And then as you look at international markets, Canada, Europe, Australia, these are markets where we are significantly underpenetrated from a location perspective, and we’re seeing progress. It’s — I would say it’s — we’ve been incubating and we’re starting to see some successes and we certainly saw that in the third quarter some nice growth there. But there’s — we’re not worried by distribution opportunities we’re still sold in — we’re in 3.5% of U.S. households and on grills.

We do always think about how we stay disciplined and yet drive higher penetration. We think the discipline is a lasting strategy that really is sustainable over time. And so always looking to fill in the gaps geographically in distribution and sort of chasing opportunities as they’re appropriate.

Peter KeithPiper Sandler — Analyst

All right. Thank you very much guys, and good luck with the holiday season.

Jeremy AndrusChief Executive Officer

Thanks, Peter.


Our next question comes from Joe Feldman with Telsey Advisory Group. Please go ahead, Joe your line is open.

Joe FeldmanTelsey Advisory Group — Analyst

Great. Thank you very much. Hi guys. I had a question about innovation you guys are bringing a lot of innovation to the category, and it seems pretty rapid.

And I’m wondering how do you balance that in this market where people — the appetite for big ticket discretionary is still not very high as you just described. So I’m wondering like how you guys are thinking about that? Like do you delay some of the innovation like until a time when it’s a more conducive environment or — just maybe you could share thoughts there.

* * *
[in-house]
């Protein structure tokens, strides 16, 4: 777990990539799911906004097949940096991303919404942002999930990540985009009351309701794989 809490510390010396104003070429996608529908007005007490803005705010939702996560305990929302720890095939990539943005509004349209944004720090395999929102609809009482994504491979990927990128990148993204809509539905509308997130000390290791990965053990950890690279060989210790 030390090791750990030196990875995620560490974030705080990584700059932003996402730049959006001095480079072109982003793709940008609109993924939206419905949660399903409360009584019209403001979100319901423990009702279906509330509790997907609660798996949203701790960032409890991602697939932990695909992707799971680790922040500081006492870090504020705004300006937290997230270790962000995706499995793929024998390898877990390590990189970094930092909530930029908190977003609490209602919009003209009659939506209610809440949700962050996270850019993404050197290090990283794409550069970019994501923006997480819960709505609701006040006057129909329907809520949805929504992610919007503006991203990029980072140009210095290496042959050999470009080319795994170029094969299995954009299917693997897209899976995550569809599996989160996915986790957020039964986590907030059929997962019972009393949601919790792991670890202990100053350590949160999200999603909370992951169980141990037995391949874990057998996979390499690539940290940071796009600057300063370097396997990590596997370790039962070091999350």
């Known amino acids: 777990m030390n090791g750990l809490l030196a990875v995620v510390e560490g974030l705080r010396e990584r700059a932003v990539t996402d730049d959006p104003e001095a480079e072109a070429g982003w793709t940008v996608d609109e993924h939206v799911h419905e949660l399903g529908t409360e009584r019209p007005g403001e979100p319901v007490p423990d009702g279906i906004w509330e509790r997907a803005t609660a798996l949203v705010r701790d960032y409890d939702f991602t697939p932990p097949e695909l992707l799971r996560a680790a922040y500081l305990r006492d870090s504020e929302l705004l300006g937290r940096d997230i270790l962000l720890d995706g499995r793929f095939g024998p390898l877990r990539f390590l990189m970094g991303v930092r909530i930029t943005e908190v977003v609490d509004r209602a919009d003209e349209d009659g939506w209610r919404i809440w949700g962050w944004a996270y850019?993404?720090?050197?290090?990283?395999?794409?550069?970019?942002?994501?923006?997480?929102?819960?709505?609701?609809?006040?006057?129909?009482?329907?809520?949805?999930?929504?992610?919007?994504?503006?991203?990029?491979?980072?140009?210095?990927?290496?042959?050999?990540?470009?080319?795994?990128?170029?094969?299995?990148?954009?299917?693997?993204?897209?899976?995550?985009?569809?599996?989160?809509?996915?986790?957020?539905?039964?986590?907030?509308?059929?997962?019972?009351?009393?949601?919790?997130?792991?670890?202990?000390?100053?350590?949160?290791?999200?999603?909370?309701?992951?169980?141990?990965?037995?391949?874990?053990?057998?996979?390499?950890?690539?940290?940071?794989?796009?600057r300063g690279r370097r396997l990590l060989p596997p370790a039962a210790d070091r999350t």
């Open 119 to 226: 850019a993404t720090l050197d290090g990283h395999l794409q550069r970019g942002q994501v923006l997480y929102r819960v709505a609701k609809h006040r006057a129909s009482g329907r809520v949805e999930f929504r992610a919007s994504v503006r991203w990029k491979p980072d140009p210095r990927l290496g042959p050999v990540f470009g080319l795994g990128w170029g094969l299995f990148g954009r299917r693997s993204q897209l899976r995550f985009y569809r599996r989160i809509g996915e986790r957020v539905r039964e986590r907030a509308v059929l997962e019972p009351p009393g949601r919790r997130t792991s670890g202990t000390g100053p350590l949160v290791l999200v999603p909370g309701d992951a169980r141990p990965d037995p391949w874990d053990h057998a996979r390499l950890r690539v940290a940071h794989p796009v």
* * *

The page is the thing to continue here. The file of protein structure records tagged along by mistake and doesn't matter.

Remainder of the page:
Jeremy AndrusChief Executive Officer

Yes. So Joe, good question. A couple of thoughts. One is that we really believe in leading with great product we have a very engaged and captive community, and we find we get a great return by launching new products, new better experience, new innovation.

We have made some meaningful investments in our team. We brought in, as we said, a new leader over product. Brendan joined us six or seven months ago. And we still believe there’s a lot of opportunities for us to get better at developing the right product and creating this incredible product market fit with our consumers.